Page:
Steven Oquendo – Musician, Band Leader and Educator, was born in 1979 in New York City with Puerto Rican and Dominican descent – proved himself to be a powerful force in the Latin music scene during and after high school.

Oquendo has toured all parts of the globe, including Africa, Europe, South America and the Caribbean. He has recorded and performed with a wide and diverse range of artists, which include collaborations with, Destiny’s Child, Big Pun, Swiss Beatz, Angie Martinez, Juan Luis Guerra, and Mana. He has also performed with Celia Cruz, Ruben Blades, Cheo Feliciano, Wynton Marsalis, Jon Faddis, Arturo Sandoval, India, George Lamond, Eddie Palmieri, Ray Santos, Milly Quezada, The Tito Rodriguez Orchestra, The Machito Orchestra, and many more.

In 2009 Oquendo formed the Steven Oquendo Latin Jazz Orchestra (SOLJO), a 19-piece big band comprised of well-seasoned professional musicians, that for more than five years, has intrigued and captivated audiences with its sophisticated use of free improvisation, dissonant harmonies, fusion rhythms, and creative arrangements in the arena of Afro Cuban, Latin Jazz, Salsa, and The 1950s – Palladium Mambo Classics.

Since its inception, Steve Oquendo, the distinguished trumpeter and music educator with his band SOLJO has proven itself a force to be reckoned with. The big band is made up of 19 superbly talented guardians of Latin music.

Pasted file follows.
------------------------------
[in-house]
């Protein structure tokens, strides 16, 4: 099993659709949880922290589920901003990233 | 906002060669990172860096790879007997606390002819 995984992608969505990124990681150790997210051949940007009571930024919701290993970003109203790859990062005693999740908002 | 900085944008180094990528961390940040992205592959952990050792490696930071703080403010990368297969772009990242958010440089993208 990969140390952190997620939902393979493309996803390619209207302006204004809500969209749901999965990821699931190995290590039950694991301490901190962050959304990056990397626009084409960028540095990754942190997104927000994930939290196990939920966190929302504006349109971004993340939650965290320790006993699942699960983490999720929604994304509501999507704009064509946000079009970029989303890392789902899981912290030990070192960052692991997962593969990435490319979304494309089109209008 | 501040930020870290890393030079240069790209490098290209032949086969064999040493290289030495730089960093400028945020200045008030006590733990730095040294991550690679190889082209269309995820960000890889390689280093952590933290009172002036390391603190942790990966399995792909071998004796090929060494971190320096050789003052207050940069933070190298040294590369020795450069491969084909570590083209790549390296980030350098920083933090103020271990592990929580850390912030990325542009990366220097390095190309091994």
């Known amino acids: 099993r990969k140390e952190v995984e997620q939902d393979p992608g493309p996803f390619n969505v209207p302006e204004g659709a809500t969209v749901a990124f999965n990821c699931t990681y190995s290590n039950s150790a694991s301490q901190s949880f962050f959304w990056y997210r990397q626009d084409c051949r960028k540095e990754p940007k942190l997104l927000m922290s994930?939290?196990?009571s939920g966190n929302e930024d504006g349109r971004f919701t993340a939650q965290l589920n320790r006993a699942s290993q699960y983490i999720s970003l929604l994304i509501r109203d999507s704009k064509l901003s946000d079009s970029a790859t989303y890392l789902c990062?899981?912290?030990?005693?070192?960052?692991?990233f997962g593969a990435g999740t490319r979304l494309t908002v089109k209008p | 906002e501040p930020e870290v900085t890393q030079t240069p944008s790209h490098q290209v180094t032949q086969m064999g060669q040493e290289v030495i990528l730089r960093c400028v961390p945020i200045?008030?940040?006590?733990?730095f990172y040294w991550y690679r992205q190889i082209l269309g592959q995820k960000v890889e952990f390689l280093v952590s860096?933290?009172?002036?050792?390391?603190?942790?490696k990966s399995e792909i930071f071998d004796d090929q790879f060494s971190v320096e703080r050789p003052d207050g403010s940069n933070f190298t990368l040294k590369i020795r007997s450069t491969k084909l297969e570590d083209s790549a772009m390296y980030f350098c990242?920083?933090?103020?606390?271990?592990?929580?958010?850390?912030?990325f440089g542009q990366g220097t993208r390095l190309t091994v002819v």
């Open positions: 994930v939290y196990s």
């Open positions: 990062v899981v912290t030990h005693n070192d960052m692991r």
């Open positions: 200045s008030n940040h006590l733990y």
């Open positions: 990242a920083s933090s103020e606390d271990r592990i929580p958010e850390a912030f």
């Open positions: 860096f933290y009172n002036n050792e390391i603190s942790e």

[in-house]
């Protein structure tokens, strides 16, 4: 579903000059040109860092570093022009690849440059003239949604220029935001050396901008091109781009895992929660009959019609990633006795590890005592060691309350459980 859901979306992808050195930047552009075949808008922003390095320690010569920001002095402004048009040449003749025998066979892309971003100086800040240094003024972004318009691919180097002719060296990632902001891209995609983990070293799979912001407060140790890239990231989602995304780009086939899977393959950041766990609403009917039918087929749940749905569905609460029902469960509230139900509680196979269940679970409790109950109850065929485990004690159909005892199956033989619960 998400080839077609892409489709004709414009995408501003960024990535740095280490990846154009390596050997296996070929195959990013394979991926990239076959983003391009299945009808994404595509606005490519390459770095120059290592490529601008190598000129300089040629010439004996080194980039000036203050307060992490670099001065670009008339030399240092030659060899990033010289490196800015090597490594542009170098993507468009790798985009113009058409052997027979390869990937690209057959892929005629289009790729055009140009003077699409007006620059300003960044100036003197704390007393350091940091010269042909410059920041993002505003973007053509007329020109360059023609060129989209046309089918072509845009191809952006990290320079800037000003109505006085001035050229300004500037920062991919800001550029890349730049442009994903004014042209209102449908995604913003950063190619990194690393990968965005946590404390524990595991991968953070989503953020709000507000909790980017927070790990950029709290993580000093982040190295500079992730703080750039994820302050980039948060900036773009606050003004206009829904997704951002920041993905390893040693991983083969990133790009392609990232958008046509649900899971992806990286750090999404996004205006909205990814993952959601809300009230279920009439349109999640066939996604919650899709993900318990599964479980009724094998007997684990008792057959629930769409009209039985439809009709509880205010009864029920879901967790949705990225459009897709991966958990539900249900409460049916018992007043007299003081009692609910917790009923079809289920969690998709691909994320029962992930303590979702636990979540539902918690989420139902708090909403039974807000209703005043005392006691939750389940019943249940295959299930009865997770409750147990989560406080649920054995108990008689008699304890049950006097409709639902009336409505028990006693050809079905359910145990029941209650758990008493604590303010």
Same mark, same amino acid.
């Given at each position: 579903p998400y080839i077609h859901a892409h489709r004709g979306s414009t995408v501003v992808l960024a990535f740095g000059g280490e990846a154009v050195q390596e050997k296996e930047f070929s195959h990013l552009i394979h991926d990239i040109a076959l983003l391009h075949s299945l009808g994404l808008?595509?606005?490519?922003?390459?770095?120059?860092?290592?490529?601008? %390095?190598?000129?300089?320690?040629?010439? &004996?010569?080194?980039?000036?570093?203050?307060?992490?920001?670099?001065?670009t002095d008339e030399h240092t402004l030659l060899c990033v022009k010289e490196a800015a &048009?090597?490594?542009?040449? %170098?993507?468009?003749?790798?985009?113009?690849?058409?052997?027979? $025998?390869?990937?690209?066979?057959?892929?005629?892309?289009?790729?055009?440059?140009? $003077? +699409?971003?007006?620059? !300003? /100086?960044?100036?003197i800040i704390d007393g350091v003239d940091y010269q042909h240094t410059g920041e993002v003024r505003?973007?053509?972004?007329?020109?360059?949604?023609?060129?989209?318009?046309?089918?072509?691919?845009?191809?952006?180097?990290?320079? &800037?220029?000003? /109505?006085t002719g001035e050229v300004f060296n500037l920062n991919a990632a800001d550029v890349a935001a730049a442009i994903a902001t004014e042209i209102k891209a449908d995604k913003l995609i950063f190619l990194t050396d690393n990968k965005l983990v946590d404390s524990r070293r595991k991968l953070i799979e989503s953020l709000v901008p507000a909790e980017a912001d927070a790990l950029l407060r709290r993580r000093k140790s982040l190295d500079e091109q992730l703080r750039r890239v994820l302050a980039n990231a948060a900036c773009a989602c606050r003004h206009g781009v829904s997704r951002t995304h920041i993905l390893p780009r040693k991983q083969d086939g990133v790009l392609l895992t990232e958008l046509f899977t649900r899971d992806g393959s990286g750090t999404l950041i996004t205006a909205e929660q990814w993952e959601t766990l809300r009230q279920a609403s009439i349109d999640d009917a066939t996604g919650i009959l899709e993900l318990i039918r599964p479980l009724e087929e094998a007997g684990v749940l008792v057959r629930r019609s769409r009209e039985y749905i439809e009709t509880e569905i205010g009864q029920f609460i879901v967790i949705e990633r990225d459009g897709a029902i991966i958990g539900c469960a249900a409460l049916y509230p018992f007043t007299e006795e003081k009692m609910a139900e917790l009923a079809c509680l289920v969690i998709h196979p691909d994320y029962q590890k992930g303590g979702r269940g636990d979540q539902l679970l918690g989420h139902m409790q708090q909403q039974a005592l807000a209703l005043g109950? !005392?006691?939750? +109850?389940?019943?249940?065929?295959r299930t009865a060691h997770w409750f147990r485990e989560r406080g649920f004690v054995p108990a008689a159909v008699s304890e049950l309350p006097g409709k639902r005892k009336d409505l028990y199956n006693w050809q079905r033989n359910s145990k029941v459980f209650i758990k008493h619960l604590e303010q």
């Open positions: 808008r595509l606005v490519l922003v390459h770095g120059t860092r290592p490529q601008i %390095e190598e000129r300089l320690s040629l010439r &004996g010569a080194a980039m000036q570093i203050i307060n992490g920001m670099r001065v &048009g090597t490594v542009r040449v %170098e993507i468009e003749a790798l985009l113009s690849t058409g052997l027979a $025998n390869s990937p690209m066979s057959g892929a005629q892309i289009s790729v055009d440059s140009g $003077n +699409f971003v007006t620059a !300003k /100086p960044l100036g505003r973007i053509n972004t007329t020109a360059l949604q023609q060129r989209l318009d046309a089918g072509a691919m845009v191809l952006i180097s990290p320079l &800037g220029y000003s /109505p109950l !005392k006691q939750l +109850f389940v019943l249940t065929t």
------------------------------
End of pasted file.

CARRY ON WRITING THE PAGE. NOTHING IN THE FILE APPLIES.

SOLJO includes a repertoire of Afro Cuban 1950s Palladium Mambo Classics that pay homage to the genre’s originators, while simultaneously injecting a fresh interpretation that has intrigued and captured new fans of all ages and backgrounds.


Purchase your Tickets TODAY for this Annual Celebration of Latin Dance, Latin Music and Culture!




Date: Sunday, September 2th (Astor Ballroom)

Time: 6:30PM


The Old Skool Room was added to the schedule of these events in 2012 by the late John “Choco” Knight, former owner of the New York Salsa Congress. Inspired by his deep admiration for the old school dancer and at their behest Choco thought it was time to take heed and create an event for the very men and women who danced in the clubs, afterhours, and after-after hours venues across the five boroughs in New York City.

The purpose of the Old Skool Room is to highlight the old-school dancer, which describes a person who enjoys smooth, elegant dancing and has frequented famed New York City clubs from the 1950’s all the way to present day. They are also simply just someone who enjoys dancing with that “old skool flavor”. Forming a unique, culturally diverse demographic of music aficionados hailing from all boroughs on the Big Apple and surrounding areas, old-school dancers graced the dance floors of the famed Palladium, Casablanca, St. James Hotel, Tropicoro, Casino 14, Ochentas, Cheetah, and Broadway 1 & 2, to name a handful.

Old-school dancers ascribe to a specific tempo of music, enjoying a steady, pronounced clave beat, buoyant Charanga rhythm, classic Cuban Son, and smooth Cha-Cha-Cha, having danced the night away to the best bands in the world.

The Old Skool Room is dedicated to preserving the tradition of the New York, Puerto Rican, and Cuban styles of dance and Latin music folklore with the annual inclusion of the talented DJ Andy “El Más Bailable” (PR/NY).

This year’s live music performance promises to delight, continuing the tradition of danceable music by New York’s best musicians.


For more information and latest updates about The New York International Salsa Congress visit